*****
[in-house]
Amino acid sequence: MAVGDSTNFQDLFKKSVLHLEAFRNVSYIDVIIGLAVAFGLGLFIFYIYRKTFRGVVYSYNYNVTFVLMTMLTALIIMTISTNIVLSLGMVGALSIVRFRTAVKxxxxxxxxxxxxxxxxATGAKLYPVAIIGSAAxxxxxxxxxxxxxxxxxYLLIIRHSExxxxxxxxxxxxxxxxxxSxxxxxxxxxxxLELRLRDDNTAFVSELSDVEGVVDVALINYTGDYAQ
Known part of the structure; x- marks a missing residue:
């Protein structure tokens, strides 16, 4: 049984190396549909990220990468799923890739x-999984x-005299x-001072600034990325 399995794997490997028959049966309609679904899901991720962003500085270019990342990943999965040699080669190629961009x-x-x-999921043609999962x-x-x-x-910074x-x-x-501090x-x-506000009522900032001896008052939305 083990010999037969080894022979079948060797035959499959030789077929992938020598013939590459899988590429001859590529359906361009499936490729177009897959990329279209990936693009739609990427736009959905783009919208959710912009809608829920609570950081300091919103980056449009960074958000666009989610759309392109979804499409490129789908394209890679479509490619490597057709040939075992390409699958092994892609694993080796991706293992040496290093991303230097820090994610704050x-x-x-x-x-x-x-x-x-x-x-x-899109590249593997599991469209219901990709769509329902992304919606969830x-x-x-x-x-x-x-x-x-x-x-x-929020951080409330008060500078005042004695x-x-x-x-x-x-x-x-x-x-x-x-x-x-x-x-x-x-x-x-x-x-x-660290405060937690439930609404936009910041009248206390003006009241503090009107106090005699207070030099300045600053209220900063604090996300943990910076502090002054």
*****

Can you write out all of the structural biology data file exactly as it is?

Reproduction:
[in-house]
Amino acid sequence: MAVGDSTNFQDLFKKSVLHLEAFRNVSYIDVIIGLAVAFGLGLFIFYIYRKTFRGVVYSYNYNVTFVLMTMLTALIIMTISTNIVLSLGMVGALSIVRFRTAVKxxxxxxxxxxxxxxxxATGAKLYPVAIIGSAAxxxxxxxxxxxxxxxxxYLLIIRHSExxxxxxxxxxxxxxxxxxSxxxxxxxxxxxLELRLRDDNTAFVSELSDVEGVVDVALINYTGDYAQ
Known part of the structure; x- marks a missing residue:
């Protein structure tokens, strides 16, 4: 049984190396549909990220990468799923890739x-999984x-005299x-001072600034990325 399995794997490997028959049966309609679904899901991720962003500085270019990342990943999965040699080669190629961009x-x-x-999921043609999962x-x-x-x-910074x-x-x-501090x-x-506000009522900032001896008052939305 083990010999037969080894022979079948060797035959499959030789077929992938020598013939590459899988590429001859590529359906361009499936490729177009897959990329279209990936693009739609990427736009959905783009919208959710912009809608829920609570950081300091919103980056449009960074958000666009989610759309392109979804499409490129789908394209890679479509490619490597057709040939075992390409699958092994892609694993080796991706293992040496290093991303230097820090994610704050x-x-x-x-x-x-x-x-x-x-x-x-899109590249593997599991469209219901990709769509329902992304919606969830x-x-x-x-x-x-x-x-x-x-x-x-929020951080409330008060500078005042004695x-x-x-x-x-x-x-x-x-x-x-x-x-x-x-x-x-x-x-x-x-x-x-660290405060937690439930609404936009910041009248206390003006009241503090009107106090005699207070030099300045600053209220900063604090996300943990910076502090002054």